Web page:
4. A request that I allow students to decide how much the exam is worth, as that is what Proffie X does, and Proffie X is a real proffie while I am just an assistant proffie and so I should go with the policy that Proffie X uses since he is my manager, and she's good friends with Proffie X. (Proffie X is actually an adjunct, and a very nice man, but the department has no such policy; I guess he's a real proffie by virtue of his old-guy-ness.)

Now, since I don't actually care about teaching, I don't take any of this nonsense too terribly seriously. I'm in this gig because I want steady health insurance and to be able to practice my obsession into old age and not have to eat cat food. But honestly. For those of us who see teaching as a grand 'calling,' how do you stand it semester after semester? Do you keep flasks of Knob Creek in your backpack? Special brownies? Or have you just successfully shoved all the crappy first-year, required-class teaching onto your junior colleagues so that you can now sit back and lecture one and all about the joys of teaching (...honors and doctoral seminars)? Do you only care about the four or five students every semester who seem to have two brain cells to rub together? Or do you also possess a riding crop and ball gag?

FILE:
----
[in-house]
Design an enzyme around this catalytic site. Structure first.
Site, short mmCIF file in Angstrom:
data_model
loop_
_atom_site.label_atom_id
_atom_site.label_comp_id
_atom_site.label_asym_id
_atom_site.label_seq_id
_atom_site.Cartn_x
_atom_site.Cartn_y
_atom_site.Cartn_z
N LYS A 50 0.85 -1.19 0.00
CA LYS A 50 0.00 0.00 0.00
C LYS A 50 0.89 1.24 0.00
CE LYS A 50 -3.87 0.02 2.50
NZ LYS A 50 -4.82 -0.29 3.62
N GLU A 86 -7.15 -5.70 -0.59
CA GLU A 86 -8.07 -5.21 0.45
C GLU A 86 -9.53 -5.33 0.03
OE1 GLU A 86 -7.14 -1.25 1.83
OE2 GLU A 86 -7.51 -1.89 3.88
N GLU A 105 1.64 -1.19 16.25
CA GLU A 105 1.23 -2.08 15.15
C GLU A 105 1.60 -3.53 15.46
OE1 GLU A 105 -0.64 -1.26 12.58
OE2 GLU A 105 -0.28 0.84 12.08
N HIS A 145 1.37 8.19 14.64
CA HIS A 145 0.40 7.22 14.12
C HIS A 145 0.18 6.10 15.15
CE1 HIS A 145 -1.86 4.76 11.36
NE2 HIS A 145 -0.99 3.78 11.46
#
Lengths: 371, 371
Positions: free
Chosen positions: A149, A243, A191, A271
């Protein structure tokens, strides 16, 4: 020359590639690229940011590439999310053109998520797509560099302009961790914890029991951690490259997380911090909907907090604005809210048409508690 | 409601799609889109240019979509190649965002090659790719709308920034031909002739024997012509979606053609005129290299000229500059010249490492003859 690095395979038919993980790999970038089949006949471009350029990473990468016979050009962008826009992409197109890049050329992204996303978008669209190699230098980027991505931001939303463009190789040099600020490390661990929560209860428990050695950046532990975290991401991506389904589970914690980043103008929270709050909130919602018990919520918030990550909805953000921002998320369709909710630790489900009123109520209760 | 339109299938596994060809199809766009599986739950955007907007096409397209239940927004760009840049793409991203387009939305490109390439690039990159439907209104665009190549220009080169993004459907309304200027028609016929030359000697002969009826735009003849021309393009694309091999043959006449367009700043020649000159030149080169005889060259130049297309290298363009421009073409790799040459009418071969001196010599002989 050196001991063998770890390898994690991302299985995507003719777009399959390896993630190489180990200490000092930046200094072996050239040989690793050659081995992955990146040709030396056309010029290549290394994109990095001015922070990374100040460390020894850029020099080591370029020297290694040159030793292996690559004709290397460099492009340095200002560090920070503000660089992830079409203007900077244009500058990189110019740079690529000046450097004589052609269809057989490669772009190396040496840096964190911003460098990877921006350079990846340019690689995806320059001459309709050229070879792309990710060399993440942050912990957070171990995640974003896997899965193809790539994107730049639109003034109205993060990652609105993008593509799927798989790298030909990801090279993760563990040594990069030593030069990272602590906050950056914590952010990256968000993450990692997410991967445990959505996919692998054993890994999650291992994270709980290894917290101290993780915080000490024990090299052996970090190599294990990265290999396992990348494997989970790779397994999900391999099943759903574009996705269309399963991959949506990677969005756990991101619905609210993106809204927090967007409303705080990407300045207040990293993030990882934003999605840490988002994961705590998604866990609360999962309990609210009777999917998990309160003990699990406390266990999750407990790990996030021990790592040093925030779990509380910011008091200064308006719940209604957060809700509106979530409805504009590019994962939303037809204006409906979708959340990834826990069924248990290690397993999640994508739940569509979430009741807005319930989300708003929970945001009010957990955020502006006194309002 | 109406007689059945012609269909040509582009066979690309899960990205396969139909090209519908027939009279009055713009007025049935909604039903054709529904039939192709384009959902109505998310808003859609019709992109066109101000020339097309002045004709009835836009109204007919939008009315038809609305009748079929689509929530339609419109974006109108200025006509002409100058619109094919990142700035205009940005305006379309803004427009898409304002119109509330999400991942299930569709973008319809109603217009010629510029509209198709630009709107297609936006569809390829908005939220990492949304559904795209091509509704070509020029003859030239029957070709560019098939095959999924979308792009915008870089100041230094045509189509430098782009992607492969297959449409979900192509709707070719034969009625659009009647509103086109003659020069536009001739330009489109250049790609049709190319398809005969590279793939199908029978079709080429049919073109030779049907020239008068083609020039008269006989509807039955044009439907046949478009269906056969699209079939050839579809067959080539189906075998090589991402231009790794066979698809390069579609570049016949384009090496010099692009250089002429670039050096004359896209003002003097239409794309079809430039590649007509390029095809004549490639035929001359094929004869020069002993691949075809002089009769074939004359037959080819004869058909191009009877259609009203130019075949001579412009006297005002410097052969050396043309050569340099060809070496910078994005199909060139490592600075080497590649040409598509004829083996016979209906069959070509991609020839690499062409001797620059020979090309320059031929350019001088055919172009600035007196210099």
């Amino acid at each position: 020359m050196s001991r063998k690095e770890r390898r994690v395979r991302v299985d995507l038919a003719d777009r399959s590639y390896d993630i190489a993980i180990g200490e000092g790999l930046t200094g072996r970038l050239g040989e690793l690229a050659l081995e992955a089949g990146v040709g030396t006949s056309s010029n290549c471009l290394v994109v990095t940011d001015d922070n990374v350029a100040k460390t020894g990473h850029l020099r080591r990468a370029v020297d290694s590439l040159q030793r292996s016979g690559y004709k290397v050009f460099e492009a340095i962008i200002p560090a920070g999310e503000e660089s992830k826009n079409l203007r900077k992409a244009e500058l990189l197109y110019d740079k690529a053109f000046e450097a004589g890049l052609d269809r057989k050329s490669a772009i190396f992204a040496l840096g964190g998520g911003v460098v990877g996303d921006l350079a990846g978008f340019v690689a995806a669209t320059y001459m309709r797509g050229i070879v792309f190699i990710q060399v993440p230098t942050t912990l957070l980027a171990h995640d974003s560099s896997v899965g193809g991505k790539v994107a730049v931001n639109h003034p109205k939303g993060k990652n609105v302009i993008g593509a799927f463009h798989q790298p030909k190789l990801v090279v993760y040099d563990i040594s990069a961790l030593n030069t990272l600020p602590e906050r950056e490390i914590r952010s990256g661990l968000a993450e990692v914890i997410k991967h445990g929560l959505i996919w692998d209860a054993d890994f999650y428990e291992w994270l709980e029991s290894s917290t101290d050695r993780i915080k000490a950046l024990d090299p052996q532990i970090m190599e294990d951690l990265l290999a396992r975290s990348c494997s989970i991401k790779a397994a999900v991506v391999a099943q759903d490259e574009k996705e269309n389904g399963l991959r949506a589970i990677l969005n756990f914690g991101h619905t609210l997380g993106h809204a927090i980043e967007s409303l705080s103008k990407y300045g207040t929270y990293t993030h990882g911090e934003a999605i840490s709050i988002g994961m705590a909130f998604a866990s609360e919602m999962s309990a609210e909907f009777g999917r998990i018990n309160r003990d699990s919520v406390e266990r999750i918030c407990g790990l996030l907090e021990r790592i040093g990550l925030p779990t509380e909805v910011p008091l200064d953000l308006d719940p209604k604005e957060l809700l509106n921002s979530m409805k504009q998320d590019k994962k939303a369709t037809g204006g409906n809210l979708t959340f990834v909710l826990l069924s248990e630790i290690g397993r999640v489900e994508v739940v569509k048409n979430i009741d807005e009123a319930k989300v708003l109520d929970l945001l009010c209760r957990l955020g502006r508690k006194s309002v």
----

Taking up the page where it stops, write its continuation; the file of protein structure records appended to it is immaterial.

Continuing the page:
Friday, May 1, 2009

Goodbye Haiku.

Summer closes in.
My cracked will to continue
has broken clean through.

Are there safe places
out there, places where I can
find myself again?

Desertscapes rush past.
An open gate my passage.
Stars, me, wolves, highway.